But hey, last night, Ware showed he's all heeled up. He came into the game halfway through the second half, got a standing ovation, and check him out, guys, knocked down the first shot. He takes the three- pointer. Definitely awesome, awesome thing to see.

UCLA doctors have told ESPN's "Outside the Lines" that former Cowboys running back, Tony Dorsett, has been diagnosed with CTE, which is a brain disease caused by head trauma. Dorsett seeked out testing because of memory loss, depression, and thoughts of suicide. His condition has gotten so bad he often forgets where he's going while he's flying and driving.

Dorsett says he doesn't know how many concussions he suffered while playing, but they were numerous.

All right. Trending on BleacherRreport.com today is this crazy video from last night's Blackhawks/Jets game. The Jets Adam Pardy gets checked through the glass. Check it out. A fan steals his helmet and puts it on. Now, that wasn't the worst part. This lady next to him puts her -- pours her beer on top of Pardy's head. Now, guys, this is exactly why I do not play hockey in the NHL. Moments like that.

BOLDUAN: I guess we can call them passionate fans. I'm not sure.

SCHOLES: They're hard core in Chicago.

BOLDUAN: I guess so. Thanks, Andy. I will not pour my beer on your head.

CUOMO: Thank you very much for that.

BOLDUAN: OK. We're now at the top of the hour which means it's time for the top news.

CUOMO: As I move my coffee.

(LAUGHTER)

(BEGIN VIDEOTAPE)

UNIDENTIFIED FEMALE: Somebody's shooting up Garden State Plaza right now. I'm in the bathroom.

UNIDENTIFIED MALE: All right, stay on the phone with me, sweetheart.

CUOMO: New this hour. The New Jersey mall shooting from the inside. 911 calls just released tell the story of the shooter's movements in the frantic hours waiting to be free.

BOLDUAN: Speaking out. He's the Massachusetts officer who was in hot water for releasing these photos of the Boston bomber as he surrendered while he has now left the police force and is joining us live.

PEREIRA: Bad taste. The photos everyone is talking about. The two young women dressed as the twin towers on fire smiling. They even won a prize for it.

CUOMO: Your NEW DAY starts right now.

ANNOUNCER: This is "NEW DAY" with Chris Cuomo, Kate Bolduan, and Michaela Pereira.

(END VIDEOTAPE)

BOLDUAN: Good morning and welcome back to "NEW DAY", everyone. It is Thursday, November 7th, seven o'clock in the east.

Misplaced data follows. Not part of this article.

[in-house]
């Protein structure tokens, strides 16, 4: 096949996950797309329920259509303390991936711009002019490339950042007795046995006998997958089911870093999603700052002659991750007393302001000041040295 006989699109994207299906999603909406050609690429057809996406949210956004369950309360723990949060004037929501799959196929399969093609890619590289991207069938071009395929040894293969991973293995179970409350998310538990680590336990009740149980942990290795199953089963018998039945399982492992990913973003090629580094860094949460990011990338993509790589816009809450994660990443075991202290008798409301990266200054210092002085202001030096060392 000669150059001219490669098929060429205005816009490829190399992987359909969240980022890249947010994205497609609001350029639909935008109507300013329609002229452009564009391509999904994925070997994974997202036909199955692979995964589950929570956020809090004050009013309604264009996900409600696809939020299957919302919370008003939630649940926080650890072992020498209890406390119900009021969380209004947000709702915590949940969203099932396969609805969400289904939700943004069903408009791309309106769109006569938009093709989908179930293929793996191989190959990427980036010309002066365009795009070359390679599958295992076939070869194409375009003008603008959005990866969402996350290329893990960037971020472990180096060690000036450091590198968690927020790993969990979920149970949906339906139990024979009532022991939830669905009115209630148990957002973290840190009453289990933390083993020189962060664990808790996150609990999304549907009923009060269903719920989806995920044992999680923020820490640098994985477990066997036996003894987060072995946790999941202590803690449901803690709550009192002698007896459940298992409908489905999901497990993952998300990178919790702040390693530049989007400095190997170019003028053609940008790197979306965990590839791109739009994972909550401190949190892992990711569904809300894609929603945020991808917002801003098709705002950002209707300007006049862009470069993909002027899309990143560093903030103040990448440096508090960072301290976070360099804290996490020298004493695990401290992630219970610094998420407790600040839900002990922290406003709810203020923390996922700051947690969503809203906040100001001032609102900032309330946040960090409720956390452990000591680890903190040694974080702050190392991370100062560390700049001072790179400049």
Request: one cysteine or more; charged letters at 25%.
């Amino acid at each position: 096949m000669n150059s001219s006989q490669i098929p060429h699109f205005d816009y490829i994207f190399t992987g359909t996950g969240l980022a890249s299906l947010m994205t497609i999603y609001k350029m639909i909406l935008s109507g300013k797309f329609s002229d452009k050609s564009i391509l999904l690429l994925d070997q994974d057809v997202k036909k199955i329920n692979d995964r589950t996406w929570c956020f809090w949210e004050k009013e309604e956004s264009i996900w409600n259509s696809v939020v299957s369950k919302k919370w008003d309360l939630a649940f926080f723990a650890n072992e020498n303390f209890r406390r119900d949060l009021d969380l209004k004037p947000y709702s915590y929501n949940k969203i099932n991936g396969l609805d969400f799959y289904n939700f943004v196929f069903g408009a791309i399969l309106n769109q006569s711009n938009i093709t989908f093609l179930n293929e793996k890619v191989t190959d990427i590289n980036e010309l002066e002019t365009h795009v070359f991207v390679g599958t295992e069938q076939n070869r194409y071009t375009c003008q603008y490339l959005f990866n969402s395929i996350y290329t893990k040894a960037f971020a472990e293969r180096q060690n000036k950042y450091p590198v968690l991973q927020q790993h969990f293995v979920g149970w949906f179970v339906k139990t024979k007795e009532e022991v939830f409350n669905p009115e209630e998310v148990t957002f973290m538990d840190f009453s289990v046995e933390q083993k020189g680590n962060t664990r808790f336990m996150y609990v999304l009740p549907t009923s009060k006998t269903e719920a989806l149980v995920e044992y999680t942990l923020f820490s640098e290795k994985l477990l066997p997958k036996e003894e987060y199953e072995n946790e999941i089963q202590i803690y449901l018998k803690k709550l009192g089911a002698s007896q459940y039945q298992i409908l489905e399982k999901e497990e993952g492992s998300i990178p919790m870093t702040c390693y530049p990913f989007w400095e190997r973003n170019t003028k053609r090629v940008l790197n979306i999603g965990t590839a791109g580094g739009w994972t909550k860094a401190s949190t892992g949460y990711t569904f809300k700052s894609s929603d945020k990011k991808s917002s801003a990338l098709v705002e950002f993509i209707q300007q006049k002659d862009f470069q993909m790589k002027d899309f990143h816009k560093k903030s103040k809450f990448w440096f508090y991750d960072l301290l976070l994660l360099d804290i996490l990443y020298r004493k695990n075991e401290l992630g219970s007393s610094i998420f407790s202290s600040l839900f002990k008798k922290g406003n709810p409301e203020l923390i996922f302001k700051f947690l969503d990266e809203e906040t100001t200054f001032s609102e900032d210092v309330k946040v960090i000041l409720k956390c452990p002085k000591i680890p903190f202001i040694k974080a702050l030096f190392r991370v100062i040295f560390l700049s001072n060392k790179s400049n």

In defense of Obamacare, the president says they're working overtime to get that website operating normally, and he's trying to calm the nerves of fellow democrats who fear the rocky roll-out could hurt them at the polls. Meantime, Health and Human Services secretary, Kathleen Sebelius, continuing to face pointed questions from lawmakers and also rejecting at the same time calls to delay the health care law roll- out.

Joining us now to talk more about this is Maggie Haberman, senior political reporter for Politico. Maggie, thanks for coming in.

MAGGIE HABERMAN, SENIOR POLITICAL REPORTER, POLITICO: Thanks for having me.

BOLDUAN: So you have exactly what I said. You got -- the troubled roll-out continues. I want to talk about Democrats in just a second, but you also have -- can we call it the beginning of the fallout in personnel terms? The I.T. guy, the head tech guy who's in charge of this website. They say he's retiring, but what are you hearing behind the scenes? Is this the first domino to drop?

HABERMAN: -- the sense that he's the first domino to drop. I don't think you're actually going to see too many. Their hope is that they can contain this. They don't want to have a bunch of heads rolling. That becomes a terrible story going forward. I would argue you did not need to wait this long to increase the drip, drip, drip that's been happening around this.

They are mostly concerned with keeping Kathleen Sebelius. She is the main head that people are calling for. I don't expect to see her leaving, but I do think the longer this takes, the longer this goes, you are hearing more grumbling behind the scenes about not just sort of the intrinsic problems the government has and the attractibility of government in doing a project like this but its specific people are going to be the blame.

BOLDUAN: And the longer this takes and the longer it goes, more of a problem it becomes for Democrats outside of the administration. I mean, you have the meeting more than a dozen Senate Democrats at the White House yesterday. The sense is that they basically said help me help you.